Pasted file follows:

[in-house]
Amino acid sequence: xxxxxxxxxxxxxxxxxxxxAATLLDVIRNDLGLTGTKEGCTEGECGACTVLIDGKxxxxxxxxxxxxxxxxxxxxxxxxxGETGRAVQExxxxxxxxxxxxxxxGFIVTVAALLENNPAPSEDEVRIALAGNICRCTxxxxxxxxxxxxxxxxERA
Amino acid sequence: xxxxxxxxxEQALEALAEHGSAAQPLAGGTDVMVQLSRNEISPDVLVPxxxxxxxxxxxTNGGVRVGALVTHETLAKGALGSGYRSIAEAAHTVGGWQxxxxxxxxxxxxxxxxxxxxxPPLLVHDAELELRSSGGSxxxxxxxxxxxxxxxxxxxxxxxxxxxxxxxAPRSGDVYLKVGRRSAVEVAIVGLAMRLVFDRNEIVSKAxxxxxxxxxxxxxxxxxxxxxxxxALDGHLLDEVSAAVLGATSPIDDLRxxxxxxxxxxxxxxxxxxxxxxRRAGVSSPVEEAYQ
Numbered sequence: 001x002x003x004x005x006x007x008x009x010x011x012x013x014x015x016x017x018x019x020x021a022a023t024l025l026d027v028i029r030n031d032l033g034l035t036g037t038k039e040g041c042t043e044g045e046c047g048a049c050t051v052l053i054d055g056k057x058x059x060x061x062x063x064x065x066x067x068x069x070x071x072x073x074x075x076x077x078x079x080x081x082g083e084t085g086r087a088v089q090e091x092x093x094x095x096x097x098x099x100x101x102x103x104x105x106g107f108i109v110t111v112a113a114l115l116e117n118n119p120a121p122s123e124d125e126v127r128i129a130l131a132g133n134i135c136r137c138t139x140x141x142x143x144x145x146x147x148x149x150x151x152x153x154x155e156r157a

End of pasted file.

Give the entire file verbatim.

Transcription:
[in-house]
Amino acid sequence: xxxxxxxxxxxxxxxxxxxxAATLLDVIRNDLGLTGTKEGCTEGECGACTVLIDGKxxxxxxxxxxxxxxxxxxxxxxxxxGETGRAVQExxxxxxxxxxxxxxxGFIVTVAALLENNPAPSEDEVRIALAGNICRCTxxxxxxxxxxxxxxxxERA
Amino acid sequence: xxxxxxxxxEQALEALAEHGSAAQPLAGGTDVMVQLSRNEISPDVLVPxxxxxxxxxxxTNGGVRVGALVTHETLAKGALGSGYRSIAEAAHTVGGWQxxxxxxxxxxxxxxxxxxxxxPPLLVHDAELELRSSGGSxxxxxxxxxxxxxxxxxxxxxxxxxxxxxxxAPRSGDVYLKVGRRSAVEVAIVGLAMRLVFDRNEIVSKAxxxxxxxxxxxxxxxxxxxxxxxxALDGHLLDEVSAAVLGATSPIDDLRxxxxxxxxxxxxxxxxxxxxxxRRAGVSSPVEEAYQ
Numbered sequence: 001x002x003x004x005x006x007x008x009x010x011x012x013x014x015x016x017x018x019x020x021a022a023t024l025l026d027v028i029r030n031d032l033g034l035t036g037t038k039e040g041c042t043e044g045e046c047g048a049c050t051v052l053i054d055g056k057x058x059x060x061x062x063x064x065x066x067x068x069x070x071x072x073x074x075x076x077x078x079x080x081x082g083e084t085g086r087a088v089q090e091x092x093x094x095x096x097x098x099x100x101x102x103x104x105x106g107f108i109v110t111v112a113a114l115l116e117n118n119p120a121p122s123e124d125e126v127r128i129a130l131a132g133n134i135c136r137c138t139x140x141x142x143x144x145x146x147x148x149x150x151x152x153x154x155e156r157a